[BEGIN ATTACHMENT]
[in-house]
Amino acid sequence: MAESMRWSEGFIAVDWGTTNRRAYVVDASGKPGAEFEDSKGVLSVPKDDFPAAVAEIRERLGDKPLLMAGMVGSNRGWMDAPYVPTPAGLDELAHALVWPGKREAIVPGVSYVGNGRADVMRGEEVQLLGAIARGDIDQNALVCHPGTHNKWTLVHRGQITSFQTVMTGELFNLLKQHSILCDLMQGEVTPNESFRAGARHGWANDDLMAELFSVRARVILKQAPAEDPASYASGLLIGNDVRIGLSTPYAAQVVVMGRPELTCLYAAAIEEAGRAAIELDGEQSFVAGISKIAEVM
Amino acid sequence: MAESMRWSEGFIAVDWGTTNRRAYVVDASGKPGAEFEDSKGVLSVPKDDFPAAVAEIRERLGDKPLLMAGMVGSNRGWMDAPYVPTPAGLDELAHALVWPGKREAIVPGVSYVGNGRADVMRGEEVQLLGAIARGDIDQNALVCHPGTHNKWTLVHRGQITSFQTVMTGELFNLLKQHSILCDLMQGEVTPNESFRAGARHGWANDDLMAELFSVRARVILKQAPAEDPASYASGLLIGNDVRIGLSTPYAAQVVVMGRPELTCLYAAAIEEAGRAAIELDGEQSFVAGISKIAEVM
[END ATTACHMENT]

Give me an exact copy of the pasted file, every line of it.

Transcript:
[in-house]
Amino acid sequence: MAESMRWSEGFIAVDWGTTNRRAYVVDASGKPGAEFEDSKGVLSVPKDDFPAAVAEIRERLGDKPLLMAGMVGSNRGWMDAPYVPTPAGLDELAHALVWPGKREAIVPGVSYVGNGRADVMRGEEVQLLGAIARGDIDQNALVCHPGTHNKWTLVHRGQITSFQTVMTGELFNLLKQHSILCDLMQGEVTPNESFRAGARHGWANDDLMAELFSVRARVILKQAPAEDPASYASGLLIGNDVRIGLSTPYAAQVVVMGRPELTCLYAAAIEEAGRAAIELDGEQSFVAGISKIAEVM
Amino acid sequence: MAESMRWSEGFIAVDWGTTNRRAYVVDASGKPGAEFEDSKGVLSVPKDDFPAAVAEIRERLGDKPLLMAGMVGSNRGWMDAPYVPTPAGLDELAHALVWPGKREAIVPGVSYVGNGRADVMRGEEVQLLGAIARGDIDQNALVCHPGTHNKWTLVHRGQITSFQTVMTGELFNLLKQHSILCDLMQGEVTPNESFRAGARHGWANDDLMAELFSVRARVILKQAPAEDPASYASGLLIGNDVRIGLSTPYAAQVVVMGRPELTCLYAAAIEEAGRAAIELDGEQSFVAGISKIAEVM